Amazing Grace, amazing evening at 46th annual AUDELCO Awards

Linda Armstrong | 11/29/2018, 4:47 p.m. | Updated on 11/29/2018, 4:47 p.m.
The 46th annual AUDELCO Awards held Monday, Nov. 19, at the Tribeca Performing Arts Center was an event to remember! ...
Grace L. Jones Contributed

The 46th annual AUDELCO Awards held Monday, Nov. 19, at the Tribeca Performing Arts Center was an event to remember! The year’s theme was “Amazing Grace” in honor of the late president of AUDELCO (Audience Development Committee), Grace L. Jones, who died in August at the age of 90.

The AUDELCO Awards recognize and reward excellence in Black theater. This year’s awards had remarkable moments, including four ties occurring in some very prominent categories. There was a tie in the Best Play category as the AUDELCO was awarded to “A Small Oak Tree Runs Red” from the Billie Holiday Theatre in Brooklyn and “The House That Will Not Stand” from the New York Theatre Workshop. The Best Revival of a Play category recognized both “A Soldier’s Play” from the Negro Ensemble Company and “The Old Settler,” again another honor for the Billie Holiday Theatre. There was also a tie in the Outstanding Ensemble Performance category. That spotlight went to “Paradise Blue,” with J. Alphonse Nicholson, Kristolyn Lloyd, Keith Randolph Smith, Francois Bastiste and Simone Missick from Signature Theatre Company and to “Sugar in Our Wounds,” with Stephanie Berry, Sheldon Best, Fern Cozine, Tiffany Rachelle Stewart and Chinaza Uche from Manhattan Theatre Club. The final tie of the evening was in the category of Outstanding Musical Director, which went to Shelton Becton for his stupendous work with “Carmen Jones” and to Richard Cummings Jr. for “On Kentucky Avenue.”

“On Kentucky Avenue” was a musical whose name was heard the most that evening as it won a total of six AUDELCOs. In addition to Cummings’ award, the musical also received Best Musical; Director of a Musical, Lee Summers; Lead Actor in a Musical, Ty Stephens; Featured Actress in a Musical, Andricka Hall; and Featured Actor in a Musical, Count Stovall.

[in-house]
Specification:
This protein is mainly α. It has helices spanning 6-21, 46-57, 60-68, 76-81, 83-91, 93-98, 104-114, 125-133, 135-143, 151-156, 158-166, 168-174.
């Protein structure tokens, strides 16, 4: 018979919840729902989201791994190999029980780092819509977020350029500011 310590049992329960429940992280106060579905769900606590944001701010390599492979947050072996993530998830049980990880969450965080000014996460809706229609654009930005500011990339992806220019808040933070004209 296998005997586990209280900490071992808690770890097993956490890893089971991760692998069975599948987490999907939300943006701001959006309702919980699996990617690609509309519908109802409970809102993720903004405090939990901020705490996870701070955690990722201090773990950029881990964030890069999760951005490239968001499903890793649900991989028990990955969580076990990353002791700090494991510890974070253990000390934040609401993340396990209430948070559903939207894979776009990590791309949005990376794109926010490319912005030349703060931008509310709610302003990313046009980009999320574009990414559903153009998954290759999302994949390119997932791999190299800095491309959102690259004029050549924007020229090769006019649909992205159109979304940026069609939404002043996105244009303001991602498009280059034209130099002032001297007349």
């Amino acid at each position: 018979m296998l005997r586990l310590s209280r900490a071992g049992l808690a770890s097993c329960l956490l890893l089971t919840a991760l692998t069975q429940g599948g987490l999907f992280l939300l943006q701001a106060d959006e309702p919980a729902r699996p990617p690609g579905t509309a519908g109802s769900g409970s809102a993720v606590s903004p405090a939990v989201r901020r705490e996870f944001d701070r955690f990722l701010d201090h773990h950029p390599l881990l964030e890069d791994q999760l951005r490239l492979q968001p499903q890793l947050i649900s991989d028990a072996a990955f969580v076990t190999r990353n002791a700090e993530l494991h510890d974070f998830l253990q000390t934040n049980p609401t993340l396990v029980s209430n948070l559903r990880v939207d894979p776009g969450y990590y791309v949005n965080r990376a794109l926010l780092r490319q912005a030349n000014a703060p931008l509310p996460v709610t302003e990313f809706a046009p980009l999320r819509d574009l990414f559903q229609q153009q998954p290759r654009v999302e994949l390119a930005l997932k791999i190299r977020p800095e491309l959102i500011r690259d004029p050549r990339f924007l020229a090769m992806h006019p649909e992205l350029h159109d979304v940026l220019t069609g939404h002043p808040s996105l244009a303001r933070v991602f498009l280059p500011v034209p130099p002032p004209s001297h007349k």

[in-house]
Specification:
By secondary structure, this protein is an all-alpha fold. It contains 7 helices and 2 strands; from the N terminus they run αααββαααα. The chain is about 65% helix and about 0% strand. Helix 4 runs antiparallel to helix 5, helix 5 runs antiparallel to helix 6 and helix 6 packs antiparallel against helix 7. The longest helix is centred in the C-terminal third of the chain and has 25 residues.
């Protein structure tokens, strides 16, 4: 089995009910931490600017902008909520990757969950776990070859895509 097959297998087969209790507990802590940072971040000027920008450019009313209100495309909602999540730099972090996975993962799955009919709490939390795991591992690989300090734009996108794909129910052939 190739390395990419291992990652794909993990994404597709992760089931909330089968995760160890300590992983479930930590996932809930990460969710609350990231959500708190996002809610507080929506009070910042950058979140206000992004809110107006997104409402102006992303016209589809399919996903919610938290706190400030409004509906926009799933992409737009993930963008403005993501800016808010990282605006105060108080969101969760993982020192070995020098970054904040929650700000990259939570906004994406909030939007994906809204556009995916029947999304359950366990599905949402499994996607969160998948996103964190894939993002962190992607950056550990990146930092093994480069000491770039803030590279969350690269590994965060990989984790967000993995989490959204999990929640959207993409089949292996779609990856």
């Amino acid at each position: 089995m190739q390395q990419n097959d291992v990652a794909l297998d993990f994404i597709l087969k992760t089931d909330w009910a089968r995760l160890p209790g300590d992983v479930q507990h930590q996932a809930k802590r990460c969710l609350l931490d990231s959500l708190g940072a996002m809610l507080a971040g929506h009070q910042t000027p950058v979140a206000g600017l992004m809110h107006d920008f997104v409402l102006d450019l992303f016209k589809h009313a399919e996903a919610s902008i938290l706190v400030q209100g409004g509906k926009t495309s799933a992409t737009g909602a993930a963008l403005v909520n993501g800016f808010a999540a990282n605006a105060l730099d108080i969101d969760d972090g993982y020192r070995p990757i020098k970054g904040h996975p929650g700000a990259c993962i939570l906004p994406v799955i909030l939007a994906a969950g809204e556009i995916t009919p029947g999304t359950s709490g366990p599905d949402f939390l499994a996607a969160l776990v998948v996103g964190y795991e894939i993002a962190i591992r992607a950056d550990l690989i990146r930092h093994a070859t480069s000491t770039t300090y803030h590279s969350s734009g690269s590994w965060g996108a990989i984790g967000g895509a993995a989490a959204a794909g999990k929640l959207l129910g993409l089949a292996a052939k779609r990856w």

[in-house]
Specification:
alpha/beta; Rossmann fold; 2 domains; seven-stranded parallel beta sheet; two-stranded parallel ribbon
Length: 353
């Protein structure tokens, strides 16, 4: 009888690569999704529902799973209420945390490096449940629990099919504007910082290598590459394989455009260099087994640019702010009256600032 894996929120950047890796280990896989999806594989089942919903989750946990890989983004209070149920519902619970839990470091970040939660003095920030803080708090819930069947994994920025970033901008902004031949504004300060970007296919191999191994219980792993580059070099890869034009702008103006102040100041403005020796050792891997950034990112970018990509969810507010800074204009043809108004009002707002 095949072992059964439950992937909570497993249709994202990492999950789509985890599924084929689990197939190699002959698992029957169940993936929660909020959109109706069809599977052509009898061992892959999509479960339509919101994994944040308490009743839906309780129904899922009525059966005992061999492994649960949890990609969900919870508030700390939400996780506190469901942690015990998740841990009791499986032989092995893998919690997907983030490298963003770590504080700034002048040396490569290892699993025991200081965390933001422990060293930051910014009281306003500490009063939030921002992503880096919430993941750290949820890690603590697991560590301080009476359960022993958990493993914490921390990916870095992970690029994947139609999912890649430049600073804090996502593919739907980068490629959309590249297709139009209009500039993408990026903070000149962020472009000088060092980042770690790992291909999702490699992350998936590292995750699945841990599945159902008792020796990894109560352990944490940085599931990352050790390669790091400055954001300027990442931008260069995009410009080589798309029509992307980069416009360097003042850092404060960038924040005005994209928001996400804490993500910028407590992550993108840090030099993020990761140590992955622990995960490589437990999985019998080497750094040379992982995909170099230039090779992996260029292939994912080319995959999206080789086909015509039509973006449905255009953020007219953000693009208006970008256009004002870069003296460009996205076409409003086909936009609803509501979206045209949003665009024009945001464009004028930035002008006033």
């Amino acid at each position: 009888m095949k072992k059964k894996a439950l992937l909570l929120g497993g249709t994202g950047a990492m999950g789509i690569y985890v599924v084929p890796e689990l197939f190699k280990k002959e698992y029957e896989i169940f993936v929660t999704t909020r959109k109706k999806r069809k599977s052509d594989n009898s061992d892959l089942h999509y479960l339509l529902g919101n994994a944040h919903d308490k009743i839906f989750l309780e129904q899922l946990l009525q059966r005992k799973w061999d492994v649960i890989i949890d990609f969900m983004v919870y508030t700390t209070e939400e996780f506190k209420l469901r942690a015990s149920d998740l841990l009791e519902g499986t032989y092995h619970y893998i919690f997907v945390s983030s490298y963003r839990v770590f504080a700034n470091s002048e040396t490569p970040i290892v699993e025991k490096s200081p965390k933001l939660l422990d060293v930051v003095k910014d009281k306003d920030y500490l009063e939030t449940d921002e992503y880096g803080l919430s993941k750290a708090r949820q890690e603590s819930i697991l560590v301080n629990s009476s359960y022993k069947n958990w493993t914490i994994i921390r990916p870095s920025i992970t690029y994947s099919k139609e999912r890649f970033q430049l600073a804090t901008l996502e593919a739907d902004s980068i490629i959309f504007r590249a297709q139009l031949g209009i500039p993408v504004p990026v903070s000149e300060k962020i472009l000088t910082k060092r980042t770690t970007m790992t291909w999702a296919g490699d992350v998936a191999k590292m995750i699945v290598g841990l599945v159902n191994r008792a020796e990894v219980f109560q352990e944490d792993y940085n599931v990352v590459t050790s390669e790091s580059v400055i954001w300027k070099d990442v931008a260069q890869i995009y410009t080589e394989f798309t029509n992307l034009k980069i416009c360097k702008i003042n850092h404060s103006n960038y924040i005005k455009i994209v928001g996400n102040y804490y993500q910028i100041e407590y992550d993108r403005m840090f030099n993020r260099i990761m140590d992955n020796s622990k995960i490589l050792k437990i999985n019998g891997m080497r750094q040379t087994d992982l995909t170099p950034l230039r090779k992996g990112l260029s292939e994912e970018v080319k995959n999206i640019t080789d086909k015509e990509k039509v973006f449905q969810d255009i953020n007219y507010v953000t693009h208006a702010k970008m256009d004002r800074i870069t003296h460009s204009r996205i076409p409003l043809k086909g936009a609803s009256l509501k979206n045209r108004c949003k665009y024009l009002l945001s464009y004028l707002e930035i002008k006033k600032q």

“Carmen Jones” ended the evening with a total of five AUDELCOs— in addition to Becton’s, it also earned Best Revival of a Musical for Classic Stage Company; Choreography for Bill T. Jones; Lead Actress in a Musical for the fabulous Anika Noni Rose; and Lighting Design for Adam Honore.

Three productions walked away with three AUDELCOs. “Paradise Blue” won two other prestigious awards including Playwright for Dominique Morriseau and Director of a Play for the one and only Ruben Santiago-Hudson. The Negro Ensemble Company’s, “A Soldier’s Play” also came away with Featured Actor in a Play for Gil Tucker and Costume Design for Ali Turns. “The House That Will Not Stand” also won Lead Actress in a Play for Harriet D. Foy and Featured Actress in a play for Joniece Abbott-Pratt.

Lead Actor in a Play was awarded to David Roberts for “Josh: The Black Babe Ruth.” Solo Performance was won by Sharon Washington for “Feeding the Dragon.” Sound Design went to Luqman Brown for “The Peculiar Patriot.” Set Design went to Chris Cumberbatch for “Harriet’s Return.”

So often winners acknowledged Grace L. Jones and her encouragement in their lives. This year the Grace Jones Lifetime Achievement Award was initiated and was awarded to theater and acting veteran Arthur French and actress, singer Melba Moore. Special Pioneer Awards were presented to publicist extraordinaire and producer Irene Gandy and to Cheryl Wills. Outstanding Achievement Awards were given to dancer/choreographer/director Savion Glover and to Timothy D. Stickney. Board of Directors Awards were presented posthumously to the late Tad Schnugg and Gertrude Jeannette. The Rising Star Award was given to Chinua Baraka Payne.

This year’s honorary chairs were Pauletta Pearson Washington and Roscoe Orman and Kimberly Orman. The AUDELCO’s are always a Black family reunion, and the energy is always off the charts. To become a member of AUDELCO, go to the website www.audelco.org or call 212-368-6906. Being a member of AUDELCO and having a chance to vote for your favorite shows is your way of keeping Black theater alive. We must keep AUDELCO alive so that it can continue to praise, support and honor Black theater. Our theater! Our stories told by us!